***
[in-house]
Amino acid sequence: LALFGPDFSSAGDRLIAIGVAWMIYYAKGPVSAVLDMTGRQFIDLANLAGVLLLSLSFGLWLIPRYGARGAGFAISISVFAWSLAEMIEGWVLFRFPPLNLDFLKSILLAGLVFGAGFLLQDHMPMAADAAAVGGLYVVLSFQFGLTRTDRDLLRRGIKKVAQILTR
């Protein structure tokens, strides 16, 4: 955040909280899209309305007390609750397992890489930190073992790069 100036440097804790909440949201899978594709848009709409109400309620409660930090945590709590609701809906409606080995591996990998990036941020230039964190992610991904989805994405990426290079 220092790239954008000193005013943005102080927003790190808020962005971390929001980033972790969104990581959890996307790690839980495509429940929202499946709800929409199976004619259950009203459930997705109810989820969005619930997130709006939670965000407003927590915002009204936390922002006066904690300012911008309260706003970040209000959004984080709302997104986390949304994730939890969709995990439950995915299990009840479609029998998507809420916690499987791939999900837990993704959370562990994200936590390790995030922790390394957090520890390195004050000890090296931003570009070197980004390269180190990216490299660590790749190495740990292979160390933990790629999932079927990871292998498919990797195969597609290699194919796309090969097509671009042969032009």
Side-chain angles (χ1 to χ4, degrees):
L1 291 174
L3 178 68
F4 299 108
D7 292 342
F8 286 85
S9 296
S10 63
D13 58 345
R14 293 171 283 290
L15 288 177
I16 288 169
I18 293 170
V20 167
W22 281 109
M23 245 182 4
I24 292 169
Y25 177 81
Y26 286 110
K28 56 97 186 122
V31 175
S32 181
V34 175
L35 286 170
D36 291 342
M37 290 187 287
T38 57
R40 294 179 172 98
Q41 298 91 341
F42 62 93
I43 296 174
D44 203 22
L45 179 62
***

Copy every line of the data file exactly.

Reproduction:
[in-house]
Amino acid sequence: LALFGPDFSSAGDRLIAIGVAWMIYYAKGPVSAVLDMTGRQFIDLANLAGVLLLSLSFGLWLIPRYGARGAGFAISISVFAWSLAEMIEGWVLFRFPPLNLDFLKSILLAGLVFGAGFLLQDHMPMAADAAAVGGLYVVLSFQFGLTRTDRDLLRRGIKKVAQILTR
């Protein structure tokens, strides 16, 4: 955040909280899209309305007390609750397992890489930190073992790069 100036440097804790909440949201899978594709848009709409109400309620409660930090945590709590609701809906409606080995591996990998990036941020230039964190992610991904989805994405990426290079 220092790239954008000193005013943005102080927003790190808020962005971390929001980033972790969104990581959890996307790690839980495509429940929202499946709800929409199976004619259950009203459930997705109810989820969005619930997130709006939670965000407003927590915002009204936390922002006066904690300012911008309260706003970040209000959004984080709302997104986390949304994730939890969709995990439950995915299990009840479609029998998507809420916690499987791939999900837990993704959370562990994200936590390790995030922790390394957090520890390195004050000890090296931003570009070197980004390269180190990216490299660590790749190495740990292979160390933990790629999932079927990871292998498919990797195969597609290699194919796309090969097509671009042969032009």
Side-chain angles (χ1 to χ4, degrees):
L1 291 174
L3 178 68
F4 299 108
D7 292 342
F8 286 85
S9 296
S10 63
D13 58 345
R14 293 171 283 290
L15 288 177
I16 288 169
I18 293 170
V20 167
W22 281 109
M23 245 182 4
I24 292 169
Y25 177 81
Y26 286 110
K28 56 97 186 122
V31 175
S32 181
V34 175
L35 286 170
D36 291 342
M37 290 187 287
T38 57
R40 294 179 172 98
Q41 298 91 341
F42 62 93
I43 296 174
D44 203 22
L45 179 62